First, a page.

I knew this was coming, because I have two daughters and I live in America…I just didn’t realize it was coming so soon. And I have to admit, I don’t know how to combat it anymore than I already am, except for maybe by throwing in the towel and moving off the grid Up North somewhere. And actually, that would solve the over-scheduling too.
It sometimes happens that our musical and sporting worlds collide. This past weekend our family had both a violin recital and multiple games. Something struck me about the different events: the differences between the audience in the seats and the parents in the stands.
This is Henry’s second year playing Little League, and by and large, we’ve escaped the curse of the ugly parent in the stand – you know the stereotype, I don’t have to describe it. We had a great team last year and we all – kids, coaches, parents and sibs – enjoyed spending time together…a lot of time…really so much time…at the ballpark.
However, that doesn’t stop me from pointing out that at the recital every single member of the audience clapped for every kid…twice. Once as they bravely mounted the stage, and once as they completed their performance, whether that performance was error-free or not. At the game, lots of us in the stands are just clapping for members of our own team. At the recital, none of the parents shouted advice to the performers. We trusted in their teachers, and in their own preparation. At baseball games, I hear advice shouted at each kid as he or she comes up to bat or when the ball comes careening toward them. At the recital, no one groaned when a kid made a mistake…at least not audibly. I’ve heard plenty of groans at the ballfield…when a kid drops a pop fly…or can’t field a grounder…or strikes out.
Here’s the thing, parents…and I include myself in this lecture since I am by nature a terrible sport, competitive to a fault. (I held myself to one shouted, “Wake up out there Henry!” at tonight’s game. But I had to work tonight, meaning I only saw an inning and a half, so I don’t have too much to brag about.) We’re not setting a good example by that kind of behavior in the stands, that much is obvious. But we’re also not accomplishing anything by it. Our players on the field? Half the time they can’t hear us. They certainly SHOULDN’T be paying any attention to us. That’s what the coaches are for. You know who can hear us though? The parents and grandparents and brothers and sisters of the kids on the other team. So let’s put a lid on it. Take a note from the recital parents and be happy for everybody just getting out there and doing their thing. They’re all awesome.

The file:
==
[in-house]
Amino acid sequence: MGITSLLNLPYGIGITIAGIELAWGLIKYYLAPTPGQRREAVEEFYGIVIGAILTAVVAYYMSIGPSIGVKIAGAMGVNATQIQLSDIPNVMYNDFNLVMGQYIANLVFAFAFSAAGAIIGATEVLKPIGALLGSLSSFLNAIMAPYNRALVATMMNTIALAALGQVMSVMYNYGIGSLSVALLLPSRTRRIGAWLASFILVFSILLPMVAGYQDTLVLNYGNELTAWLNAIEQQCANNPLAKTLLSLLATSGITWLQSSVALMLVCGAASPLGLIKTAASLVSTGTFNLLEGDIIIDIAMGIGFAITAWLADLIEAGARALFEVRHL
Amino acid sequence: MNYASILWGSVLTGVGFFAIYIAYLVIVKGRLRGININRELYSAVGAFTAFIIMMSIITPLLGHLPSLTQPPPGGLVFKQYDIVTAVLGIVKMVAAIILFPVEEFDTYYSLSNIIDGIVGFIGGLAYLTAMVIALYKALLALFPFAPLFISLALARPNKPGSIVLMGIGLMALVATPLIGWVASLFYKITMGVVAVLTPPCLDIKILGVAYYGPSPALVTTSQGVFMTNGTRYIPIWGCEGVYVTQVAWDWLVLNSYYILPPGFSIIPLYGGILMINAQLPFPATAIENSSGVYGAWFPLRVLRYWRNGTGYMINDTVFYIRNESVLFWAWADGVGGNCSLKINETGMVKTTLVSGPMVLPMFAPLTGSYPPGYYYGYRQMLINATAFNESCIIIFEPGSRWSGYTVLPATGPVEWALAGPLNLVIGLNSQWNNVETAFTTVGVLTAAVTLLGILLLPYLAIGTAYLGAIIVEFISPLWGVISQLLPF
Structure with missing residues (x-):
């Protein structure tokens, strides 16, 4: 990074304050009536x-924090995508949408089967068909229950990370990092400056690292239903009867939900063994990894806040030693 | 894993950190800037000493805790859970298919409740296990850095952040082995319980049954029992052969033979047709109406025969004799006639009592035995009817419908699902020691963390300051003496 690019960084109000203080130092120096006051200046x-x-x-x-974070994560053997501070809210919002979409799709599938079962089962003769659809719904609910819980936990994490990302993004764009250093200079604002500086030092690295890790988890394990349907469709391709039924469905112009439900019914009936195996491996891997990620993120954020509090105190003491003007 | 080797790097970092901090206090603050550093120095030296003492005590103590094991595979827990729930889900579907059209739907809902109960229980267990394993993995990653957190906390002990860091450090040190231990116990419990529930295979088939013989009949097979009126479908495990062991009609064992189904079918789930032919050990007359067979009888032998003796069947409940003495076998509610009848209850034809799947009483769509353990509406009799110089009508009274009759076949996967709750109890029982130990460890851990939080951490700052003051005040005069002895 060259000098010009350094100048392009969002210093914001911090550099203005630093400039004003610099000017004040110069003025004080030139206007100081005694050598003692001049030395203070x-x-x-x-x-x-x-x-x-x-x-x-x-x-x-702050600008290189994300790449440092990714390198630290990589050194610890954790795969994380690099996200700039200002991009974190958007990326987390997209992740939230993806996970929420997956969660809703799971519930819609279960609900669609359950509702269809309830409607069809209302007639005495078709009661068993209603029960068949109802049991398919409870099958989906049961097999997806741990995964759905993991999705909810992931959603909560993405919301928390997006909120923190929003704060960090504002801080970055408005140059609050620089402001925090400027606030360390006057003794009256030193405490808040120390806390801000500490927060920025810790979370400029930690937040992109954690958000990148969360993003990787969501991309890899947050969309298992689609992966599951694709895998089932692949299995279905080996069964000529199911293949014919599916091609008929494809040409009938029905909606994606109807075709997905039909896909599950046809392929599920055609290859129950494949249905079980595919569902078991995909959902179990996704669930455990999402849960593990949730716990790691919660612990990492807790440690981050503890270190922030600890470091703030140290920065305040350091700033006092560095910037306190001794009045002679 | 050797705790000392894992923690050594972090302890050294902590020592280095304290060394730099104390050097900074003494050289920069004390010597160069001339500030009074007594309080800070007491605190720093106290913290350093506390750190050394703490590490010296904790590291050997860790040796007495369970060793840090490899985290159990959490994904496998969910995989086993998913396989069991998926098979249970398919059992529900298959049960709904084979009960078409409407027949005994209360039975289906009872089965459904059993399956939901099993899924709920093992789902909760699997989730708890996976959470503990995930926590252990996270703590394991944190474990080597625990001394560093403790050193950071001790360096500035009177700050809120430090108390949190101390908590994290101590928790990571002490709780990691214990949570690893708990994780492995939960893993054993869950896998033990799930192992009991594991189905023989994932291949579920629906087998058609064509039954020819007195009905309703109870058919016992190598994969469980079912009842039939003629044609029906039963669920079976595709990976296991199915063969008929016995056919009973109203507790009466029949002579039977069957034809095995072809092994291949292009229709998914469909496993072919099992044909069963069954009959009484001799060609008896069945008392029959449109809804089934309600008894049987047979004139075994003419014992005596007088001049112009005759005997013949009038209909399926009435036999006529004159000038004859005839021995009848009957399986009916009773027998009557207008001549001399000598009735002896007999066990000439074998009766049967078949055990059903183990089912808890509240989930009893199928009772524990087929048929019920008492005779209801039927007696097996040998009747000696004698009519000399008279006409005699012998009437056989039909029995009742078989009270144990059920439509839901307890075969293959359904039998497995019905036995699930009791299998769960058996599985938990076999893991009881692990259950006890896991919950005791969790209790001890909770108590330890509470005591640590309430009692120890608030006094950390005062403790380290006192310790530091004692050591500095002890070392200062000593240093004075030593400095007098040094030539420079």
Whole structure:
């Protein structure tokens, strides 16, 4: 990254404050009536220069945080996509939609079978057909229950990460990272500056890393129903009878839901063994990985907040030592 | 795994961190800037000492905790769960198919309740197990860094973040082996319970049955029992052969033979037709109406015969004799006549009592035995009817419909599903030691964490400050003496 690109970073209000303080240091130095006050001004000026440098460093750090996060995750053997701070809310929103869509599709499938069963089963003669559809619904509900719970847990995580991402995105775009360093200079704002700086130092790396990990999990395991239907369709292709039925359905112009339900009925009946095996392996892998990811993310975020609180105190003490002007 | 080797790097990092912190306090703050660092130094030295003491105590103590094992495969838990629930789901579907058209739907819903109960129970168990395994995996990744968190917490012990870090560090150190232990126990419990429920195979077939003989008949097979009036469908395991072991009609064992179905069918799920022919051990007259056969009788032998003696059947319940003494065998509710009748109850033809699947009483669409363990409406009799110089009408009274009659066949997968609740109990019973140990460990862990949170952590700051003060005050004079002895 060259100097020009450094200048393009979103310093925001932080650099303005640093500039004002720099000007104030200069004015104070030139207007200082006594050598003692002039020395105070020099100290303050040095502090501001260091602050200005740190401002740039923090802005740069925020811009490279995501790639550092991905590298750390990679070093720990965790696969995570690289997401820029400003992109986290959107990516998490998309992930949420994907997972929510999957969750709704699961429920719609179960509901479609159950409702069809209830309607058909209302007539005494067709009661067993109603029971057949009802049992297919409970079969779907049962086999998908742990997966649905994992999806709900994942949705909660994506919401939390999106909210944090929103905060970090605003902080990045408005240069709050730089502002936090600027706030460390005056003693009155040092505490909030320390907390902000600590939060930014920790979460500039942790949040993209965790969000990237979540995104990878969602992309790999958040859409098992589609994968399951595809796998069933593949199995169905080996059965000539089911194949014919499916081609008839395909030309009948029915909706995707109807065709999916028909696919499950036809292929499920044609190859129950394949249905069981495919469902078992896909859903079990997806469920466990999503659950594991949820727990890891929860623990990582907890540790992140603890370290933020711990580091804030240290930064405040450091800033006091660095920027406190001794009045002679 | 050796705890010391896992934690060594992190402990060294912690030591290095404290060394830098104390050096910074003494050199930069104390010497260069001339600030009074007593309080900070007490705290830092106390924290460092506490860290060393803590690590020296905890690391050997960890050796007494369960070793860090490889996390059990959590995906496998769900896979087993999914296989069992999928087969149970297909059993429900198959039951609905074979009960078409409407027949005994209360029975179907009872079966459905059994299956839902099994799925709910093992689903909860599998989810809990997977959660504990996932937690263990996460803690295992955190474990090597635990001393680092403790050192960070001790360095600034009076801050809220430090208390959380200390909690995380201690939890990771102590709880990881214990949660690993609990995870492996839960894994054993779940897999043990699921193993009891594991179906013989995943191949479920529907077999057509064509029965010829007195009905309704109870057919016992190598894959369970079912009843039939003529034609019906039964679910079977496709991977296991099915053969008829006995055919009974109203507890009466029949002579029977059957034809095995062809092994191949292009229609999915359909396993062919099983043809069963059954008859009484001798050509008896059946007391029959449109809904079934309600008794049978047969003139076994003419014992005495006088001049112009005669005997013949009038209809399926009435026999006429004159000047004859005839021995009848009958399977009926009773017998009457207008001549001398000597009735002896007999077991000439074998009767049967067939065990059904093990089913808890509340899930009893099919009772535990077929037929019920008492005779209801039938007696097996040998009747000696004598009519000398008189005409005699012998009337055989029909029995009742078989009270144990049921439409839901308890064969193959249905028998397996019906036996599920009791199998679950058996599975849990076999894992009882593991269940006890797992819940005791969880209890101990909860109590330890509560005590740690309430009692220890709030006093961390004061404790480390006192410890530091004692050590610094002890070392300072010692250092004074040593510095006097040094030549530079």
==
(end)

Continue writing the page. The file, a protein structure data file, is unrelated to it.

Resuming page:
Skipping breakfast, the undecided voter, the NRA, not using turn signals, Humvees for civilian use, jeggings, Jell-o, reality television, short stories, boxing, misuse of first person singular pronouns, humming, bourbon, what happens to all those socks in the laundry, and lastly, perfume, cologne, aftershave, air freshener, smelly candles and room spray.
This isn’t an exhaustive list by any means.
It was a busy Sunday, hardly a day of rest, with seemingly each member of the family running in different directions. Hockey at 7:30, clean up for the previous night’s event at 9, a performance at 11, 1 and 4…we couldn’t get to any of our usual masses, so we found ourselves at one of the “last-chance masses” downtown on Sunday evening.
We pounded sandwiches for dinner on our way down, and arrived soaked to the skin from an evening rainstorm. I led our bedraggled little group to a pew on the right-hand side of the church, all the way up at the front. As we filed in, I realized that the woman sitting directly in front of us was homeless. She had several black garbage bags stuffed full of her belongings with her in the pew. She smelled. Her white hair was greasy, hanging in limp hanks across her shoulders, and her layer upon layers of clothing were dirty.